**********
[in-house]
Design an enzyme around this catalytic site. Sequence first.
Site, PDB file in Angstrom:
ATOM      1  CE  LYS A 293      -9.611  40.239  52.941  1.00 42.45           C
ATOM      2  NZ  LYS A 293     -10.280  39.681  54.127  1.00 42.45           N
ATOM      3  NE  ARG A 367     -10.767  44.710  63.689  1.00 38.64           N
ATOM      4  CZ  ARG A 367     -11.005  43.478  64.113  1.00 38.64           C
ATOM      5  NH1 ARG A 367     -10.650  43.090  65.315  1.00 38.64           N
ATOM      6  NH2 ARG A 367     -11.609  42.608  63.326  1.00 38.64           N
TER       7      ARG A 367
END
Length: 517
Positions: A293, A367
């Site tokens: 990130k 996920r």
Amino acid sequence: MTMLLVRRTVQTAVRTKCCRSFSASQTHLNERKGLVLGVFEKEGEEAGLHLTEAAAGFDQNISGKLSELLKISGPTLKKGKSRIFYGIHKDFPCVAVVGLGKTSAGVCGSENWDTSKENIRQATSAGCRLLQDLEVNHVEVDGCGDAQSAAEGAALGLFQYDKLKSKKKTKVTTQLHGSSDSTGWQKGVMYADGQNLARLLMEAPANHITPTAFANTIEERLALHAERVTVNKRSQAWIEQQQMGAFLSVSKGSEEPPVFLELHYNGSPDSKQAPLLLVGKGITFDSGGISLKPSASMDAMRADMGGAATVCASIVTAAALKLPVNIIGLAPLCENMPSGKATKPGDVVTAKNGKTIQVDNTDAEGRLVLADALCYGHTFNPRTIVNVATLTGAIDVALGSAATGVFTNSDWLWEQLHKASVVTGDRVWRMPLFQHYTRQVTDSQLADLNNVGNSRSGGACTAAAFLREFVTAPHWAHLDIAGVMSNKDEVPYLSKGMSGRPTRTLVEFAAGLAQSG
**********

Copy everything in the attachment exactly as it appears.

[in-house]
Design an enzyme around this catalytic site. Sequence first.
Site, PDB file in Angstrom:
ATOM      1  CE  LYS A 293      -9.611  40.239  52.941  1.00 42.45           C
ATOM      2  NZ  LYS A 293     -10.280  39.681  54.127  1.00 42.45           N
ATOM      3  NE  ARG A 367     -10.767  44.710  63.689  1.00 38.64           N
ATOM      4  CZ  ARG A 367     -11.005  43.478  64.113  1.00 38.64           C
ATOM      5  NH1 ARG A 367     -10.650  43.090  65.315  1.00 38.64           N
ATOM      6  NH2 ARG A 367     -11.609  42.608  63.326  1.00 38.64           N
TER       7      ARG A 367
END
Length: 517
Positions: A293, A367
């Site tokens: 990130k 996920r």
Amino acid sequence: MTMLLVRRTVQTAVRTKCCRSFSASQTHLNERKGLVLGVFEKEGEEAGLHLTEAAAGFDQNISGKLSELLKISGPTLKKGKSRIFYGIHKDFPCVAVVGLGKTSAGVCGSENWDTSKENIRQATSAGCRLLQDLEVNHVEVDGCGDAQSAAEGAALGLFQYDKLKSKKKTKVTTQLHGSSDSTGWQKGVMYADGQNLARLLMEAPANHITPTAFANTIEERLALHAERVTVNKRSQAWIEQQQMGAFLSVSKGSEEPPVFLELHYNGSPDSKQAPLLLVGKGITFDSGGISLKPSASMDAMRADMGGAATVCASIVTAAALKLPVNIIGLAPLCENMPSGKATKPGDVVTAKNGKTIQVDNTDAEGRLVLADALCYGHTFNPRTIVNVATLTGAIDVALGSAATGVFTNSDWLWEQLHKASVVTGDRVWRMPLFQHYTRQVTDSQLADLNNVGNSRSGGACTAAAFLREFVTAPHWAHLDIAGVMSNKDEVPYLSKGMSGRPTRTLVEFAAGLAQSG